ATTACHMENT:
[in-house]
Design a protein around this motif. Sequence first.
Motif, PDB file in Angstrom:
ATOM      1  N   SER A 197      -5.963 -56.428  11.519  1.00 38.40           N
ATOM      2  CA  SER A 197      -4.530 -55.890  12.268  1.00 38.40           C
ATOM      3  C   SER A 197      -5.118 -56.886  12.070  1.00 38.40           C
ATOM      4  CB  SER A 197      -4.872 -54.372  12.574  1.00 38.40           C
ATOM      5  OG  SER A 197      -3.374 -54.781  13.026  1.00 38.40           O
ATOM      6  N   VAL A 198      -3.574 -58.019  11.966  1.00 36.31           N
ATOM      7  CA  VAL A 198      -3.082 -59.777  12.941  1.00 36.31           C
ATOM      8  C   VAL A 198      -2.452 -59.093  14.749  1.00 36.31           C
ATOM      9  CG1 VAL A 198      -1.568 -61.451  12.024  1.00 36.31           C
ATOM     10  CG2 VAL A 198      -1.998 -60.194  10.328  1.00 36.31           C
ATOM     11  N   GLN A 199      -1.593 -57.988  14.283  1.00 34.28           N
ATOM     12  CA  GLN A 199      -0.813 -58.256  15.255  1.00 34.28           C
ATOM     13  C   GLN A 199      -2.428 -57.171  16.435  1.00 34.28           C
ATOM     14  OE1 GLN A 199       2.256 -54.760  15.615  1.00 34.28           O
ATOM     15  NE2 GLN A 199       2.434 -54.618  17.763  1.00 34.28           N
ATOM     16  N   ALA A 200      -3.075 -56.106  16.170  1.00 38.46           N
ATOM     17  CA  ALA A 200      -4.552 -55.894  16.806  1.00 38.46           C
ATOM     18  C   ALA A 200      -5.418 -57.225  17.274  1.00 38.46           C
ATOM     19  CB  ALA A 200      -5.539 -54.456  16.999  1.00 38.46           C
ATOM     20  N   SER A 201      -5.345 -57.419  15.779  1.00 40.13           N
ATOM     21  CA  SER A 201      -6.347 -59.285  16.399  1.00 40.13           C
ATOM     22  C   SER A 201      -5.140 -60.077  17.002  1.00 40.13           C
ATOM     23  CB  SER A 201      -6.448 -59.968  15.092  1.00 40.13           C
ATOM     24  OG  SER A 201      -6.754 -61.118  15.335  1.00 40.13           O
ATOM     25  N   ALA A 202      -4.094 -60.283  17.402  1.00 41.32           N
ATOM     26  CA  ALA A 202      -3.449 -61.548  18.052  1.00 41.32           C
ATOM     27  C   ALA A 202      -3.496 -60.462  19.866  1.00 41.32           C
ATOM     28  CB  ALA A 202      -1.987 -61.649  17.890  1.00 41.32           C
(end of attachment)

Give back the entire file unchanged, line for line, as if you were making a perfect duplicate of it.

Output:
[in-house]
Design a protein around this motif. Sequence first.
Motif, PDB file in Angstrom:
ATOM      1  N   SER A 197      -5.963 -56.428  11.519  1.00 38.40           N
ATOM      2  CA  SER A 197      -4.530 -55.890  12.268  1.00 38.40           C
ATOM      3  C   SER A 197      -5.118 -56.886  12.070  1.00 38.40           C
ATOM      4  CB  SER A 197      -4.872 -54.372  12.574  1.00 38.40           C
ATOM      5  OG  SER A 197      -3.374 -54.781  13.026  1.00 38.40           O
ATOM      6  N   VAL A 198      -3.574 -58.019  11.966  1.00 36.31           N
ATOM      7  CA  VAL A 198      -3.082 -59.777  12.941  1.00 36.31           C
ATOM      8  C   VAL A 198      -2.452 -59.093  14.749  1.00 36.31           C
ATOM      9  CG1 VAL A 198      -1.568 -61.451  12.024  1.00 36.31           C
ATOM     10  CG2 VAL A 198      -1.998 -60.194  10.328  1.00 36.31           C
ATOM     11  N   GLN A 199      -1.593 -57.988  14.283  1.00 34.28           N
ATOM     12  CA  GLN A 199      -0.813 -58.256  15.255  1.00 34.28           C
ATOM     13  C   GLN A 199      -2.428 -57.171  16.435  1.00 34.28           C
ATOM     14  OE1 GLN A 199       2.256 -54.760  15.615  1.00 34.28           O
ATOM     15  NE2 GLN A 199       2.434 -54.618  17.763  1.00 34.28           N
ATOM     16  N   ALA A 200      -3.075 -56.106  16.170  1.00 38.46           N
ATOM     17  CA  ALA A 200      -4.552 -55.894  16.806  1.00 38.46           C
ATOM     18  C   ALA A 200      -5.418 -57.225  17.274  1.00 38.46           C
ATOM     19  CB  ALA A 200      -5.539 -54.456  16.999  1.00 38.46           C
ATOM     20  N   SER A 201      -5.345 -57.419  15.779  1.00 40.13           N
ATOM     21  CA  SER A 201      -6.347 -59.285  16.399  1.00 40.13           C
ATOM     22  C   SER A 201      -5.140 -60.077  17.002  1.00 40.13           C
ATOM     23  CB  SER A 201      -6.448 -59.968  15.092  1.00 40.13           C
ATOM     24  OG  SER A 201      -6.754 -61.118  15.335  1.00 40.13           O
ATOM     25  N   ALA A 202      -4.094 -60.283  17.402  1.00 41.32           N
ATOM     26  CA  ALA A 202      -3.449 -61.548  18.052  1.00 41.32           C
ATOM     27  C   ALA A 202      -3.496 -60.462  19.866  1.00 41.32           C
ATOM     28  CB  ALA A 202      -1.987 -61.649  17.890  1.00 41.32           C